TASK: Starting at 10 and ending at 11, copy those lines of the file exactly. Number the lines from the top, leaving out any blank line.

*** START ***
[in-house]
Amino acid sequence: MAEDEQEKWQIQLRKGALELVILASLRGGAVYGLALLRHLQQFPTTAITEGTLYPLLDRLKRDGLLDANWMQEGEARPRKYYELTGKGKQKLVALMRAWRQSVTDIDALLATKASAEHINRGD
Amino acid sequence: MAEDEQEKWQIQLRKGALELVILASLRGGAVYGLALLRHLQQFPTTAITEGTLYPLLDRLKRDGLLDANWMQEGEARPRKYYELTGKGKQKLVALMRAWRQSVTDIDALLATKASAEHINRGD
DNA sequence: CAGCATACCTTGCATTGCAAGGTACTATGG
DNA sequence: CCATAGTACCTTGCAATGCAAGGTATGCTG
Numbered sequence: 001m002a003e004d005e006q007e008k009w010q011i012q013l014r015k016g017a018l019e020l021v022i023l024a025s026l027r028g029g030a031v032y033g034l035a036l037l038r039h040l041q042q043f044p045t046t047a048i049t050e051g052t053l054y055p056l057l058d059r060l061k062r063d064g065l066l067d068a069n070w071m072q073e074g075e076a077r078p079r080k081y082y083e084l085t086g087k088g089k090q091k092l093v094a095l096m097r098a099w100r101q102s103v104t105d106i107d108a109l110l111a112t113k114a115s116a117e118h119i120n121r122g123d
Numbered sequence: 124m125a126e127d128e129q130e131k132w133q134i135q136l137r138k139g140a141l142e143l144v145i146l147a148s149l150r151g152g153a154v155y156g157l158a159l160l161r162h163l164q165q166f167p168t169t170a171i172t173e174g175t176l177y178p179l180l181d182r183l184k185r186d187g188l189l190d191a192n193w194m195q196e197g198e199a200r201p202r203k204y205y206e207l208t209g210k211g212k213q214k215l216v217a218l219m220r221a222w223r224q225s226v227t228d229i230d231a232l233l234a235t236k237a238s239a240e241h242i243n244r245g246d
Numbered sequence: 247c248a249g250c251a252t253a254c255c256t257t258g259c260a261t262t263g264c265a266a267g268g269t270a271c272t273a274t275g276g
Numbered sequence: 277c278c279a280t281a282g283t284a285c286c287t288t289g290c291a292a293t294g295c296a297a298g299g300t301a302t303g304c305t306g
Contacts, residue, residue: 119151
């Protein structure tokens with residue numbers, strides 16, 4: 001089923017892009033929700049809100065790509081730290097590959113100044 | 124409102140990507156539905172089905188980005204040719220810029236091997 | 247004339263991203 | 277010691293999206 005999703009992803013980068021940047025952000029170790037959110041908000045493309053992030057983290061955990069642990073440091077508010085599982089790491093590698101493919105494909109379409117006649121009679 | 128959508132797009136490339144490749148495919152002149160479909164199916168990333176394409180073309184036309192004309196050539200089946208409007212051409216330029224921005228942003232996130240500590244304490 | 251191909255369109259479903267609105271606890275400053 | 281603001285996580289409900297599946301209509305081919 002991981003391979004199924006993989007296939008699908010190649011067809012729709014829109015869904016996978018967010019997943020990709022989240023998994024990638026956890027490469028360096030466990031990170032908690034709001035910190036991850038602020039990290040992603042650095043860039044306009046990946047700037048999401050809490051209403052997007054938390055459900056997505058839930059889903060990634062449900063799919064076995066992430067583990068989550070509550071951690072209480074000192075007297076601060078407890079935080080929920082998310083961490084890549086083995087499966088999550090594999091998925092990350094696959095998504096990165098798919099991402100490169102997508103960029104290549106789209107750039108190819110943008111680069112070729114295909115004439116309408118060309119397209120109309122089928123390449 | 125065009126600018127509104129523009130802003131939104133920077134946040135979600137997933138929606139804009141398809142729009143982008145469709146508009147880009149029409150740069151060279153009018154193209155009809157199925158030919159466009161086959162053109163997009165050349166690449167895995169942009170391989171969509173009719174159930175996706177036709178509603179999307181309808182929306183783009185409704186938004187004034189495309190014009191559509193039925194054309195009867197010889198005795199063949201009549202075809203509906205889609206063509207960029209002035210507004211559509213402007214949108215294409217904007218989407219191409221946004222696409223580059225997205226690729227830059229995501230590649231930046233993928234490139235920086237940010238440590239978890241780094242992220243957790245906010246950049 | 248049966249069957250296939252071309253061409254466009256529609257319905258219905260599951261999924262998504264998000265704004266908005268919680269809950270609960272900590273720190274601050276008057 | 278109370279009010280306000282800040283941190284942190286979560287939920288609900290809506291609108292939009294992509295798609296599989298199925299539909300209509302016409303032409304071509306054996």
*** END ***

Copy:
Contacts, residue, residue: 119151
């Protein structure tokens with residue numbers, strides 16, 4: 001089923017892009033929700049809100065790509081730290097590959113100044 | 124409102140990507156539905172089905188980005204040719220810029236091997 | 247004339263991203 | 277010691293999206 005999703009992803013980068021940047025952000029170790037959110041908000045493309053992030057983290061955990069642990073440091077508010085599982089790491093590698101493919105494909109379409117006649121009679 | 128959508132797009136490339144490749148495919152002149160479909164199916168990333176394409180073309184036309192004309196050539200089946208409007212051409216330029224921005228942003232996130240500590244304490 | 251191909255369109259479903267609105271606890275400053 | 281603001285996580289409900297599946301209509305081919 002991981003391979004199924006993989007296939008699908010190649011067809012729709014829109015869904016996978018967010019997943020990709022989240023998994024990638026956890027490469028360096030466990031990170032908690034709001035910190036991850038602020039990290040992603042650095043860039044306009046990946047700037048999401050809490051209403052997007054938390055459900056997505058839930059889903060990634062449900063799919064076995066992430067583990068989550070509550071951690072209480074000192075007297076601060078407890079935080080929920082998310083961490084890549086083995087499966088999550090594999091998925092990350094696959095998504096990165098798919099991402100490169102997508103960029104290549106789209107750039108190819110943008111680069112070729114295909115004439116309408118060309119397209120109309122089928123390449 | 125065009126600018127509104129523009130802003131939104133920077134946040135979600137997933138929606139804009141398809142729009143982008145469709146508009147880009149029409150740069151060279153009018154193209155009809157199925158030919159466009161086959162053109163997009165050349166690449167895995169942009170391989171969509173009719174159930175996706177036709178509603179999307181309808182929306183783009185409704186938004187004034189495309190014009191559509193039925194054309195009867197010889198005795199063949201009549202075809203509906205889609206063509207960029209002035210507004211559509213402007214949108215294409217904007218989407219191409221946004222696409223580059225997205226690729227830059229995501230590649231930046233993928234490139235920086237940010238440590239978890241780094242992220243957790245906010246950049 | 248049966249069957250296939252071309253061409254466009256529609257319905258219905260599951261999924262998504264998000265704004266908005268919680269809950270609960272900590273720190274601050276008057 | 278109370279009010280306000282800040283941190284942190286979560287939920288609900290809506291609108292939009294992509295798609296599989298199925299539909300209509302016409303032409304071509306054996």